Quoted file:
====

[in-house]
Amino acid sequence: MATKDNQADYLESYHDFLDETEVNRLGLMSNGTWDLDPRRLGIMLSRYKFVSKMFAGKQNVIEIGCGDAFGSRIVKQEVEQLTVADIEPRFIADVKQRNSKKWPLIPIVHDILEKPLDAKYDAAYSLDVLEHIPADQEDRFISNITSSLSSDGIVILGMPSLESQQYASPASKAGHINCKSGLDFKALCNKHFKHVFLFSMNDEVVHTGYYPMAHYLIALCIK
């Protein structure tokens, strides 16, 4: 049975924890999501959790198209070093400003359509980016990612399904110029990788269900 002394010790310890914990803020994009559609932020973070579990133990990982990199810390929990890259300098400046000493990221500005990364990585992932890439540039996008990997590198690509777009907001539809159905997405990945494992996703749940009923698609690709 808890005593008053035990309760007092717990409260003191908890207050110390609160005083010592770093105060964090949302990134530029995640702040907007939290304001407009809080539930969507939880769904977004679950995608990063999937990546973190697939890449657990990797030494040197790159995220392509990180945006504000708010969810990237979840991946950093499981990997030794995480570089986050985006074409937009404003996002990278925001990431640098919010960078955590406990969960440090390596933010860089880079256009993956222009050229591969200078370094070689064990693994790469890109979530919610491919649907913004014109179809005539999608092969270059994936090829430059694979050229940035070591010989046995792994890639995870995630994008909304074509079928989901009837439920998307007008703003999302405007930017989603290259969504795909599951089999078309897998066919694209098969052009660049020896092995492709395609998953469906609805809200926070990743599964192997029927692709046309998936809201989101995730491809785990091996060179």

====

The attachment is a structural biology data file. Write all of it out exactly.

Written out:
[in-house]
Amino acid sequence: MATKDNQADYLESYHDFLDETEVNRLGLMSNGTWDLDPRRLGIMLSRYKFVSKMFAGKQNVIEIGCGDAFGSRIVKQEVEQLTVADIEPRFIADVKQRNSKKWPLIPIVHDILEKPLDAKYDAAYSLDVLEHIPADQEDRFISNITSSLSSDGIVILGMPSLESQQYASPASKAGHINCKSGLDFKALCNKHFKHVFLFSMNDEVVHTGYYPMAHYLIALCIK
């Protein structure tokens, strides 16, 4: 049975924890999501959790198209070093400003359509980016990612399904110029990788269900 002394010790310890914990803020994009559609932020973070579990133990990982990199810390929990890259300098400046000493990221500005990364990585992932890439540039996008990997590198690509777009907001539809159905997405990945494992996703749940009923698609690709 808890005593008053035990309760007092717990409260003191908890207050110390609160005083010592770093105060964090949302990134530029995640702040907007939290304001407009809080539930969507939880769904977004679950995608990063999937990546973190697939890449657990990797030494040197790159995220392509990180945006504000708010969810990237979840991946950093499981990997030794995480570089986050985006074409937009404003996002990278925001990431640098919010960078955590406990969960440090390596933010860089880079256009993956222009050229591969200078370094070689064990693994790469890109979530919610491919649907913004014109179809005539999608092969270059994936090829430059694979050229940035070591010989046995792994890639995870995630994008909304074509079928989901009837439920998307007008703003999302405007930017989603290259969504795909599951089999078309897998066919694209098969052009660049020896092995492709395609998953469906609805809200926070990743599964192997029927692709046309998936809201989101995730491809785990091996060179």